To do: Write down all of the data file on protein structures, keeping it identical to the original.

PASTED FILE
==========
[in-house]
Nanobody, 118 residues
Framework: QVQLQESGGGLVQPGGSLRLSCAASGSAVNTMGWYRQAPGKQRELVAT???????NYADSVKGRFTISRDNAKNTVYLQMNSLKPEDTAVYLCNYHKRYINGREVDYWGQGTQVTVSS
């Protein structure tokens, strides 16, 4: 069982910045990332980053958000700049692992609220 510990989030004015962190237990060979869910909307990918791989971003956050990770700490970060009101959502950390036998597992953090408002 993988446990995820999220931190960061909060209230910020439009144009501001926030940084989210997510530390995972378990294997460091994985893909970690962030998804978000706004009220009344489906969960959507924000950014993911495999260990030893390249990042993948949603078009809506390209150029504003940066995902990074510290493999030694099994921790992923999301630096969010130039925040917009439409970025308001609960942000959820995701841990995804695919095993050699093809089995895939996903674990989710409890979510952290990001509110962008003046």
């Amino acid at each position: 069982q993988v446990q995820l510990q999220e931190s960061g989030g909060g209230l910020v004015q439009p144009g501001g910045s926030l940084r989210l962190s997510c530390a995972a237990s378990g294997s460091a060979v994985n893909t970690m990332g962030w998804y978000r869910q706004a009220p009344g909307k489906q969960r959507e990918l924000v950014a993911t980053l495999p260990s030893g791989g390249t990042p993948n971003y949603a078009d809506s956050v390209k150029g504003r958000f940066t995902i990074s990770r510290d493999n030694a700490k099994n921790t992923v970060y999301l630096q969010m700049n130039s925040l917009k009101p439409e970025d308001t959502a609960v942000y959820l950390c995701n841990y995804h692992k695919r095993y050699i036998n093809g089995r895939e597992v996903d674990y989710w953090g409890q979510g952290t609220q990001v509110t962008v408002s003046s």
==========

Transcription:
[in-house]
Nanobody, 118 residues
Framework: QVQLQESGGGLVQPGGSLRLSCAASGSAVNTMGWYRQAPGKQRELVAT???????NYADSVKGRFTISRDNAKNTVYLQMNSLKPEDTAVYLCNYHKRYINGREVDYWGQGTQVTVSS
């Protein structure tokens, strides 16, 4: 069982910045990332980053958000700049692992609220 510990989030004015962190237990060979869910909307990918791989971003956050990770700490970060009101959502950390036998597992953090408002 993988446990995820999220931190960061909060209230910020439009144009501001926030940084989210997510530390995972378990294997460091994985893909970690962030998804978000706004009220009344489906969960959507924000950014993911495999260990030893390249990042993948949603078009809506390209150029504003940066995902990074510290493999030694099994921790992923999301630096969010130039925040917009439409970025308001609960942000959820995701841990995804695919095993050699093809089995895939996903674990989710409890979510952290990001509110962008003046």
């Amino acid at each position: 069982q993988v446990q995820l510990q999220e931190s960061g989030g909060g209230l910020v004015q439009p144009g501001g910045s926030l940084r989210l962190s997510c530390a995972a237990s378990g294997s460091a060979v994985n893909t970690m990332g962030w998804y978000r869910q706004a009220p009344g909307k489906q969960r959507e990918l924000v950014a993911t980053l495999p260990s030893g791989g390249t990042p993948n971003y949603a078009d809506s956050v390209k150029g504003r958000f940066t995902i990074s990770r510290d493999n030694a700490k099994n921790t992923v970060y999301l630096q969010m700049n130039s925040l917009k009101p439409e970025d308001t959502a609960v942000y959820l950390c995701n841990y995804h692992k695919r095993y050699i036998n093809g089995r895939e597992v996903d674990y989710w953090g409890q979510g952290t609220q990001v509110t962008v408002s003046s």